31-12-2020 by Freddie del Curatolo
The old Mijikenda wisemen in the hinterland of the Kenyan coast used to say that if nothing happened during the day, it was a good day.
And this nothing includes not only bad news, bereavement, abuse, natural adversity.
In a place where hope is often placed in the prayers and council meetings of village communities, there would be many reasons to complain or rebel.
Nothing has happened means that you are as hungry as ever, that the malaria that killed one child the day before will soon kill another, that the district hospital remains at the same distance and with the same uncomfortable road to reach it, and so on.
And yet, if the day has gone by as if nothing had happened, one can sleep peacefully.
Because the Lord of Sun and Clouds had his watch working, the rain didn't come early to ruin the maize harvest, the river didn't burst its banks and the locusts chose other shores.
But Kenya is not only the land of the Mijikenda sages, nor of the Maasai and Samburu herdsmen, or of the Orma and Gabbra nomads. Kenya is a young and in many ways rampant country, albeit one involved in unhealthy and often unsustainable growth.
So no one would dream of saying, even here at the Equator, that 2020 was just another year.
For Kenyans who only experienced the world wars on the rebound, and especially the first one, with the conflicts between the Germans and the British in the East African colonies, the heavy years were those of famine, of tribal massacres. The battles for independence and the Mau Mau revolt did not affect the entire population, as did the post-electoral chaos of 2008, which also claimed more than a thousand victims. Less than Covid-19.
When the pandemic arrived in this country last March, it had already entered 12 African nations, including those of the Maghreb and South Africa, which not by chance are still the most affected.
A few days later, the World Health Organisation predicted that the Black Continent would be a catastrophe because of its non-existent public health, the habits of its people and the poverty that has always flirted with so many other diseases that can form an explosive mix with Covid-19.
One only has to think of TB and asthma, which is widespread in children because of the fumes from paraffin used as a light, burnt brushwood and coal, which is still the number one method of cooking.
The experts had not taken into account the average age in Africa, which is less than half that of the West, the climates, the humidity, the naturally vitamin-rich diet due to the fruits and berries that often constitute not only anti-starvation but also indispensable nourishment, the ancestral herbal cures and, above all, the antibodies that are used to fighting against viruses that are much more than bat-like and pangolin-like, but decidedly lion-like and elephantine.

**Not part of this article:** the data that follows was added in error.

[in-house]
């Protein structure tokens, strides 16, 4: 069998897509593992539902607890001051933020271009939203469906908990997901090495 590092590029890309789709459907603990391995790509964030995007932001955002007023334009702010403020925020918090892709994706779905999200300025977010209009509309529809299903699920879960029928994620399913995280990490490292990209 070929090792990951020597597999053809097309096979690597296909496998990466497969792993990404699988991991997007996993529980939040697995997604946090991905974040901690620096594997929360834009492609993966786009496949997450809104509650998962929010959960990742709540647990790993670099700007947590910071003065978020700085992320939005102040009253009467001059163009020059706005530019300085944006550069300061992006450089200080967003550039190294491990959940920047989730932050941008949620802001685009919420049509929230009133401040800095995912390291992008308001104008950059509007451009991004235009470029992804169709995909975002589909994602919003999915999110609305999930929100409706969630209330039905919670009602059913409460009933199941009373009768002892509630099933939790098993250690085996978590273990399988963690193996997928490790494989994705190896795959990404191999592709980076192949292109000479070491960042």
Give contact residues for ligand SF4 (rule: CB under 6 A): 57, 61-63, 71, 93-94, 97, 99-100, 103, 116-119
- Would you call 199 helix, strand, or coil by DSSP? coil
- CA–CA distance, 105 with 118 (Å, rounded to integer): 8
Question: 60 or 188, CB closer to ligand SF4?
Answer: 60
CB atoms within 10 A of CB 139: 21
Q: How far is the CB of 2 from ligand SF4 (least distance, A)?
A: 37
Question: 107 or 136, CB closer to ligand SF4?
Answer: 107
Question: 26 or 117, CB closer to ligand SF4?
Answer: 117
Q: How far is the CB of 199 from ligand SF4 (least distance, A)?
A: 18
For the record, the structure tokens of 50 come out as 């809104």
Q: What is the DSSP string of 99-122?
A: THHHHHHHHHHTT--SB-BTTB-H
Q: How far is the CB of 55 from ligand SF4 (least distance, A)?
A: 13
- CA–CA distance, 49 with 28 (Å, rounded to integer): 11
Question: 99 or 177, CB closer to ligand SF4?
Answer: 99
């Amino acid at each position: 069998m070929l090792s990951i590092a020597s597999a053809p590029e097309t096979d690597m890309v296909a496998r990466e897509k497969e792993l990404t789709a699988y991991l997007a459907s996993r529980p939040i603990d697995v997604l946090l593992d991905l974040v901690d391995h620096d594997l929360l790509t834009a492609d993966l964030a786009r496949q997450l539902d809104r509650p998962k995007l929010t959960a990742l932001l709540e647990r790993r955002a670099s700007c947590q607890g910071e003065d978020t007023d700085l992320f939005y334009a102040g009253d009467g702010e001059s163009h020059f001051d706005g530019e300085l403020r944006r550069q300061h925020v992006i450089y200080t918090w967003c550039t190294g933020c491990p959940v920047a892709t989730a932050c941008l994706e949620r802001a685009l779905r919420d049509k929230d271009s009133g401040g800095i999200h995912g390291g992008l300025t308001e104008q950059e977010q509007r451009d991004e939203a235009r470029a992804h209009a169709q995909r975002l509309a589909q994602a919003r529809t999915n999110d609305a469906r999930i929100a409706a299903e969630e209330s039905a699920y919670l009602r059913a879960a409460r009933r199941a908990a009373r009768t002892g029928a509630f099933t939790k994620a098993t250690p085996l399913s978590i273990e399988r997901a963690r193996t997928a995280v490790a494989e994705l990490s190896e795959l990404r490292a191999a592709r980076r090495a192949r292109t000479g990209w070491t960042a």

Even the most experienced and cynical reporters, and the most serious and passionate volunteers, have fortunately not been able to propagandise deaths in the streets, mass graves with piles of corpses, hospitals in collapse with relatives of the victims screaming, assaults on dispensaries in search of oxygen and so on.
Of course, the official numbers are certainly lower than the real ones, but not by much.
If Italy's ISTAT figures report the highest number of deaths since 1944, Kenya's will probably report a slight drop due to fewer road accidents (but also fewer hospital admissions and death certificates...those will come out later).
Where was 2020 terrible for Kenyans?
Maybe in the economy?
Apart from the fact that the "global" economy concerns a very small part of the population and is particularly concentrated in the capital Nairobi and its satellite cities, once the three months of "hard" lockdown had reopened, those who live on little have resumed their habits of the usual precariousness and the search for daily earnings to float just above the threshold of survival. The people who suffered most were the small and medium-sized enterprises and their new social class, which in just a few years went from shacks to decent homes, opened small shops or were employed by companies that had to scale down their plans.
But even for them, even though it was an unexpected stop and their hopes were abruptly blocked, the "return to the start" is almost natural. When you think that in other neighbouring countries, worse things happen after an electoral round turns into ethnic cleansing or with new dictators impoverishing political opponents and their companies.
In short, Covid-19 is not only the latest epidemic, but also one of the many 'African variants' of instability.
Where will the socio-economic damage to the country be visible?
Certainly in tourism, as everywhere else. Tourism has already declined in previous years as a source of income for the State, falling to less than 10% of GDP.
The damage will be seen in those social implications that governments are already taking pains to leave in the mud: youth discomfort, domestic and gender violence, education and ancient tribal traditions.
In the meantime, water is as scarce in areas of ethnic conflict as ever, hunger is increasing, climate change is threatening vast areas, lake levels are rising, swallowing up villages and farmland, and locusts are eating up what remains.
That is why it cannot be said that 2020 was worse than any other year.
The worst in Africa is eternal and we all wanted it to the detriment of those who never looked to the future.
A virus will certainly not spoil it for us.
Happy 2021, Kenya.
And may nothing else happen.
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